Anyone who has ever scooped up fantastically woven and intricately embroidered textiles on trips to far-flung destinations may be familiar with that ever-so-slightly heartbreaking reality of returning home to realise that the find that looked so chic when spotted in the Andes or Himalayas now appears rather too hippyish.
Heather and Joanna Smith, British sisters living in Laos, sew up that gap with Passa Paa, their website selling an urban-minded new collection of accessories and homewares. The name means “language of cloth” in Laotian, and their aim is to translate vibrant traditional designs of the indigenous communities into wearable and thoughtfully muted pieces, beginning with the inaugural Hmong collection.
The website offers armchair travellers plenty of addictive glimpses of the hill tribe festivals and ceremonial textiles that inspired Heather Smith, who trained at Chelsea College of Art & Design before joining her sister in the sleepy town of Luang Prabang.
Before shopping, it’s worth clicking on the “About the Hmong Collection” link. The Hmong are nomads who came down from the Tibetan plateau, southwards into China’s Yunnan Province, Vietnam and Thailand. By the late 19th century they had settled in many parts of Laos and now comprise 11 per cent of the population.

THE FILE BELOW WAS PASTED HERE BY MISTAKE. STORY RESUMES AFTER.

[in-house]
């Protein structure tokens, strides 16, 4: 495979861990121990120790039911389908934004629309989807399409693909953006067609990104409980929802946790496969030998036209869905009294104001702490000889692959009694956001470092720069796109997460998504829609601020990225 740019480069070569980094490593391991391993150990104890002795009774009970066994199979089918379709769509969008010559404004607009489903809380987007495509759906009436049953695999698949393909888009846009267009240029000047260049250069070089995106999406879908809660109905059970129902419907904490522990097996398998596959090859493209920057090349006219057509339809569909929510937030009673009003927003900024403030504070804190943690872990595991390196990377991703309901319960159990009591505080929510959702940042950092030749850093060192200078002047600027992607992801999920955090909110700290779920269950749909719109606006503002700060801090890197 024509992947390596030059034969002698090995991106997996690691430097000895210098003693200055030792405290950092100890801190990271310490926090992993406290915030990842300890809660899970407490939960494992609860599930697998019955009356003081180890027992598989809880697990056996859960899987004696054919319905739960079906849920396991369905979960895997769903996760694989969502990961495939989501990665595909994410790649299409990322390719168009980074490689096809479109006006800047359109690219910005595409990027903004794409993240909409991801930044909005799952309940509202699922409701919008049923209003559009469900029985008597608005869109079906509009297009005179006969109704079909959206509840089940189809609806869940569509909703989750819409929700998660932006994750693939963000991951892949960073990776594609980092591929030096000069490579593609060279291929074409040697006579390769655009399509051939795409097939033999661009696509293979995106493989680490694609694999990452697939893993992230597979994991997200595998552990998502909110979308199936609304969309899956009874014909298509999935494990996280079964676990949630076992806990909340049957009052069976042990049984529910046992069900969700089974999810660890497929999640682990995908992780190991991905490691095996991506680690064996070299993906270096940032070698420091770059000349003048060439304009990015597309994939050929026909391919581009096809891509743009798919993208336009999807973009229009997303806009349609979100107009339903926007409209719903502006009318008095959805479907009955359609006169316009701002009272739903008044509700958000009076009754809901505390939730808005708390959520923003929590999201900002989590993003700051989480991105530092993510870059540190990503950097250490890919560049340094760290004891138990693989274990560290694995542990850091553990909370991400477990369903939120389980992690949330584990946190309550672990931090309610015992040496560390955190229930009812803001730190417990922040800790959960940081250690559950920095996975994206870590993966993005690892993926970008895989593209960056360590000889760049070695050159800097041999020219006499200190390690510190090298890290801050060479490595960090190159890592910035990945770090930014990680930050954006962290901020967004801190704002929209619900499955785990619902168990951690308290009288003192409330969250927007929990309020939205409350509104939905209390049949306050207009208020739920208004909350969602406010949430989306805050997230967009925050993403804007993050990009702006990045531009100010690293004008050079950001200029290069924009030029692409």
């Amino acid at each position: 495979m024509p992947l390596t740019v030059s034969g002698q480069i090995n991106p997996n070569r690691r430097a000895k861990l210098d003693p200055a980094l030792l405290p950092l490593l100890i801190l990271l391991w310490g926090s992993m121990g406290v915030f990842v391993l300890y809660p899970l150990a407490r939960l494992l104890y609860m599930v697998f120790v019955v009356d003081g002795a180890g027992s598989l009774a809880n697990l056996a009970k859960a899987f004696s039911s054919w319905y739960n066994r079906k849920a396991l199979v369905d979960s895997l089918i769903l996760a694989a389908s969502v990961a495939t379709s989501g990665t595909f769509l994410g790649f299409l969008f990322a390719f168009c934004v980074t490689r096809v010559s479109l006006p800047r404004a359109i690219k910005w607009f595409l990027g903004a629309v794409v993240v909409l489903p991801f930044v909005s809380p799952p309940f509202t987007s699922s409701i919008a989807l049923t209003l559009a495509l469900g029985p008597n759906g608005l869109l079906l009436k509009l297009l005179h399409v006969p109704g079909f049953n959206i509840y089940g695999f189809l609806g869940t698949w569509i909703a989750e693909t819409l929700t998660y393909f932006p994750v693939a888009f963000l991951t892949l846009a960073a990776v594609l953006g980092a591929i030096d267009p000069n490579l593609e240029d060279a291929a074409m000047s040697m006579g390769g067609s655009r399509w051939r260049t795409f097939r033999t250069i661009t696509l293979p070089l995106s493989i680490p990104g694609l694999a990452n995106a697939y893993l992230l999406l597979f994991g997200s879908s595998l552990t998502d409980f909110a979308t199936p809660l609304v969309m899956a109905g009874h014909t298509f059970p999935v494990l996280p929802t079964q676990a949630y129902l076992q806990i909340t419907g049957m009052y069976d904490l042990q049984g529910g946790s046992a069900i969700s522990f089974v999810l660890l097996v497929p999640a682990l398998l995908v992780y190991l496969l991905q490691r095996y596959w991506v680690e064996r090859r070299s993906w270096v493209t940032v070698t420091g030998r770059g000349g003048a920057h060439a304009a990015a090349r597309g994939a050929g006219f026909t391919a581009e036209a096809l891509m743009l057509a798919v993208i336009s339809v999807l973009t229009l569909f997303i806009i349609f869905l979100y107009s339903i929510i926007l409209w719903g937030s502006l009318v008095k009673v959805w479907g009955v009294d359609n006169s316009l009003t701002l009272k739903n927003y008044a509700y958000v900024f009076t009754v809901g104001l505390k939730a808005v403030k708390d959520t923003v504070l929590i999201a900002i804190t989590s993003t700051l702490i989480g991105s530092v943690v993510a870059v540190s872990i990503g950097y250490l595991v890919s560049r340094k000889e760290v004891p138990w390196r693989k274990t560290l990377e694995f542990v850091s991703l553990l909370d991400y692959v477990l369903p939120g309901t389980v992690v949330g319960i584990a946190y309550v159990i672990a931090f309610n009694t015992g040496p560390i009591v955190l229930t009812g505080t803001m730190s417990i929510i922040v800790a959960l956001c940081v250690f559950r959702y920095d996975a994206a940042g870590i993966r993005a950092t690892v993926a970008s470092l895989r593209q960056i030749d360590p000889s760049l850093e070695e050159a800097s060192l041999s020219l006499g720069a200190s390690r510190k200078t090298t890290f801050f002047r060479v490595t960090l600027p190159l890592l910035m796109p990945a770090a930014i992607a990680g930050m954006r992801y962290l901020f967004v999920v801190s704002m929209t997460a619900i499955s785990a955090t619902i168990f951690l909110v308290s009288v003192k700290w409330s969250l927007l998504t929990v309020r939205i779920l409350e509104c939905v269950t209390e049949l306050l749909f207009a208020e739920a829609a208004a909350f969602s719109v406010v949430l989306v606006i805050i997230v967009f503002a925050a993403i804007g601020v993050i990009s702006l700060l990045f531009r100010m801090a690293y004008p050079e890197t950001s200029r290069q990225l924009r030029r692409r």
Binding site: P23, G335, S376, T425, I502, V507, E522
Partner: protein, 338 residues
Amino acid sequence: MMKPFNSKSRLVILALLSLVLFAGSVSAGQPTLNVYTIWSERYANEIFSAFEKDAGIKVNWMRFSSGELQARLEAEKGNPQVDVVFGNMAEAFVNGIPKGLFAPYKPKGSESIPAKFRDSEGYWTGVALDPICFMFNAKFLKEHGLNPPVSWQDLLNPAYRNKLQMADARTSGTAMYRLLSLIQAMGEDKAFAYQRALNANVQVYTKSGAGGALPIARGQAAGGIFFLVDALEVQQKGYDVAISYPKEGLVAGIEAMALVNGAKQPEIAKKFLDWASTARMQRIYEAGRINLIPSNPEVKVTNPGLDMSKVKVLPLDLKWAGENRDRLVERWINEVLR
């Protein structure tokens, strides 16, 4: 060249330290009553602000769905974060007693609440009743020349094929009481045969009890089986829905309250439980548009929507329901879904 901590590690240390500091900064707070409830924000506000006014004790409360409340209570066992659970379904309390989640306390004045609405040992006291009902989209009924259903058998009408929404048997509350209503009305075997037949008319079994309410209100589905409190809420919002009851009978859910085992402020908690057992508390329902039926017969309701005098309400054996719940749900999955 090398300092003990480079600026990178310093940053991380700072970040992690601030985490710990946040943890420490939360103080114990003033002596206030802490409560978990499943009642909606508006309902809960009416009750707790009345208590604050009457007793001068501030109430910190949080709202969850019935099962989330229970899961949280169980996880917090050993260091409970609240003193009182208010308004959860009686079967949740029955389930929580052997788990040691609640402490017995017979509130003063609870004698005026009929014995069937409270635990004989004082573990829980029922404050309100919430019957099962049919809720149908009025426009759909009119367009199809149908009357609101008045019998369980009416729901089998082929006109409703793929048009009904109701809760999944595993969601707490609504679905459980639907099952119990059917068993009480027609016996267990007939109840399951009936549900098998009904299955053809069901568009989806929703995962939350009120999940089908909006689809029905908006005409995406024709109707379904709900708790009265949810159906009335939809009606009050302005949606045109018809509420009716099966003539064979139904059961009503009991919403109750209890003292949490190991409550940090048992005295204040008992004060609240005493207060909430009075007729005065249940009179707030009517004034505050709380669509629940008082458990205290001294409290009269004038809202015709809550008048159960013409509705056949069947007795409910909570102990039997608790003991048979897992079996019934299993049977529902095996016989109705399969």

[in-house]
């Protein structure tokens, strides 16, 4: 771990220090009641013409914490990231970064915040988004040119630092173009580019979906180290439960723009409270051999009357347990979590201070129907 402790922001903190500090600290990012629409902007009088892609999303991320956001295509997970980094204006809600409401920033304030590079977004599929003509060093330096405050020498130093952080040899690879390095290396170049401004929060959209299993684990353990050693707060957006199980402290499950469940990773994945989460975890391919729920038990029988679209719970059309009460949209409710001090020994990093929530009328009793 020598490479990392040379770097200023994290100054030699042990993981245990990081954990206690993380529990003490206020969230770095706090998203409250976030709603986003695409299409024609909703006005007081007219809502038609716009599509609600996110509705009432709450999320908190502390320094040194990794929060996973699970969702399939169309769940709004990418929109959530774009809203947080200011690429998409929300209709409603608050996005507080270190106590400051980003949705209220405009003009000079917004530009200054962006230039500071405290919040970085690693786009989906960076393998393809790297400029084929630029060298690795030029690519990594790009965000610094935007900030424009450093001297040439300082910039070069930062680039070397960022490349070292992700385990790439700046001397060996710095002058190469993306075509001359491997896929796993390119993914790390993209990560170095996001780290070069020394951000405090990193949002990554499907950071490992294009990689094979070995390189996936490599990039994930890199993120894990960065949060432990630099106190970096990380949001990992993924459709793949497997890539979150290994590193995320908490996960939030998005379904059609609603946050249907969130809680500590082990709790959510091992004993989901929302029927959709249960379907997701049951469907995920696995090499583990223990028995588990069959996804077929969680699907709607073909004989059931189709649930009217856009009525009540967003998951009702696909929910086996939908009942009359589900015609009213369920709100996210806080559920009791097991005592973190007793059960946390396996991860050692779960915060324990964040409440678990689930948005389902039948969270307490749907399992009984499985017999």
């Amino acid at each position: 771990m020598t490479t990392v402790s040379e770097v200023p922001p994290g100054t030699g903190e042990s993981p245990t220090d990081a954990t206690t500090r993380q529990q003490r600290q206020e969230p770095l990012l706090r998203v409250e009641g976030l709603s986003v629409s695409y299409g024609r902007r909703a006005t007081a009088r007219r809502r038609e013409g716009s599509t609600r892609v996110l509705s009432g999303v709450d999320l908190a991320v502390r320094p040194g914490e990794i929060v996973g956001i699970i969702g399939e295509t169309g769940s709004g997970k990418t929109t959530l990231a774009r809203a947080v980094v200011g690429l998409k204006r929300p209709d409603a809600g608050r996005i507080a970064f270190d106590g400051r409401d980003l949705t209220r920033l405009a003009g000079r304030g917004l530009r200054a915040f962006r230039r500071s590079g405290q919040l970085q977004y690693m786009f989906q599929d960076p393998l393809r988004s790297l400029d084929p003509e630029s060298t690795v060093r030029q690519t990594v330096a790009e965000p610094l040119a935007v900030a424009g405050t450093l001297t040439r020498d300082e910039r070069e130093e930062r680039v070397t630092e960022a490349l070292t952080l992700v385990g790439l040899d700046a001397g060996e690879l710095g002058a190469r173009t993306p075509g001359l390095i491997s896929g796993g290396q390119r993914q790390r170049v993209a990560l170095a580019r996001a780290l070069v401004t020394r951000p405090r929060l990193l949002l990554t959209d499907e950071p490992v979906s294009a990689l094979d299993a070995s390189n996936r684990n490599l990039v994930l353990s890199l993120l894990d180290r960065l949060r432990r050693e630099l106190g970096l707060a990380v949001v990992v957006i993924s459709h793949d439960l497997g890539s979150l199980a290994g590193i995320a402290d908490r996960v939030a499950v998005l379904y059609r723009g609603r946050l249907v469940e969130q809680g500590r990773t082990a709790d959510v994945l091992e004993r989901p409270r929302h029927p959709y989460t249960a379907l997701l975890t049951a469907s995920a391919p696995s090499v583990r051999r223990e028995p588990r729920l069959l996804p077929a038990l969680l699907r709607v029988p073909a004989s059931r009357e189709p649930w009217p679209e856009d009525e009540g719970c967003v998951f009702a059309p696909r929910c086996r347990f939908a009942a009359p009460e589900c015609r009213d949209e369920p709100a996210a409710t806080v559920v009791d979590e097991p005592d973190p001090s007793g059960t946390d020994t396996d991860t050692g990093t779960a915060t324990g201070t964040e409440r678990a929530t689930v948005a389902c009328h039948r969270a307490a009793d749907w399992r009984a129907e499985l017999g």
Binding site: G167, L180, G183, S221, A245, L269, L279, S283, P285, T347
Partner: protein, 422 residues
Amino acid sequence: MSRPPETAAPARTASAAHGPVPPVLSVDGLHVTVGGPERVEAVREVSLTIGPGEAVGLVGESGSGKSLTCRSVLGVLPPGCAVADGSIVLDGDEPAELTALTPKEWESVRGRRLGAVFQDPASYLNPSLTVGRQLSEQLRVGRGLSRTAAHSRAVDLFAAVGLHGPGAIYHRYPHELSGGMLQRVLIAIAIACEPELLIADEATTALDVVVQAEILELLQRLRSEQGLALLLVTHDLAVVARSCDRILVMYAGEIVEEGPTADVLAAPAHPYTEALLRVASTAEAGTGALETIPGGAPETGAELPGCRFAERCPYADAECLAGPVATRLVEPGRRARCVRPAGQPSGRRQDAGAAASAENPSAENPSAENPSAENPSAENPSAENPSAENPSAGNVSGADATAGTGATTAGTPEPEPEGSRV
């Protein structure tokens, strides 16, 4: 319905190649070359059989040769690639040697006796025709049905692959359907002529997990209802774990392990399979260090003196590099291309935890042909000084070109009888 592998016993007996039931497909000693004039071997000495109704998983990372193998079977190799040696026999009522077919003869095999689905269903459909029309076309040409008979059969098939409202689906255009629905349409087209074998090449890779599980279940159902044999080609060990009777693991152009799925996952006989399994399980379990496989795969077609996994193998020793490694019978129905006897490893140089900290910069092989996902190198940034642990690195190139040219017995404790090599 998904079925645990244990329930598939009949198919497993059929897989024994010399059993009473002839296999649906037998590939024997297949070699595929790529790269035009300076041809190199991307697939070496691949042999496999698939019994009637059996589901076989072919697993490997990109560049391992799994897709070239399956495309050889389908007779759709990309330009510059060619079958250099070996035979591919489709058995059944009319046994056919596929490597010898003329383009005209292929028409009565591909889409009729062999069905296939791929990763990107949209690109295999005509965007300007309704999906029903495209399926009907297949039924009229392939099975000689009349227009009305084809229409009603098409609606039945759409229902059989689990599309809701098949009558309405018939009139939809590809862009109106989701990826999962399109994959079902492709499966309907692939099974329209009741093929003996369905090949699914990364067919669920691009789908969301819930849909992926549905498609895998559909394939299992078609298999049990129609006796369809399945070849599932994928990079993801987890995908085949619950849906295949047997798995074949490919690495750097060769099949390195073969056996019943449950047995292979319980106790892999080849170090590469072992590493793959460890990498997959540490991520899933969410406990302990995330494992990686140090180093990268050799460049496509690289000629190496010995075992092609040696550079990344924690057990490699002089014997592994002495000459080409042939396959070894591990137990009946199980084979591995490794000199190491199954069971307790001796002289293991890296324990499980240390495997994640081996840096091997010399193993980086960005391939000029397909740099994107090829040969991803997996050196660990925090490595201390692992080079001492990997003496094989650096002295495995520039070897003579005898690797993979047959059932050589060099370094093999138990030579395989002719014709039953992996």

Passa Paa’s collection extrapolates the bold geometric patterns of their traditional batiks and embroidery, using fabrics sourced from villages surrounding Luang Prabang. The Smiths then hires local artisans to transpose the modern renditions onto items such as the 52cm x 108cm indigo print scarf ($92), which transitions seamlessly between Laos and London.
Equally eye-catching (without looking gap-year revival) is the organic hemp and leather Maika tote bag (first picture, $140), with its hand-printed tribal motifs. Other notable items thus far include leather-bound notebooks (second picture, from $25), cushions (Mie Xiong, third picture, $85) and throws ($62) made of hemp hand woven by the Hmong living high up in the Laotian mountains.
Passa Paa, along with a third partner, weaver Veomanee Douangdala, is run as a design collective and grew from the 12-year-old Luang Prabang-based Ock Pop Tok, a weaving institution, café and intimate inn along the Mekong River. This nascent endeavour will seek in future seasons to deconstruct the uniquely patterned textiles of other remote communities, including the Akha and Lanten, for those of us who might otherwise be led astray by our bohemian dreams.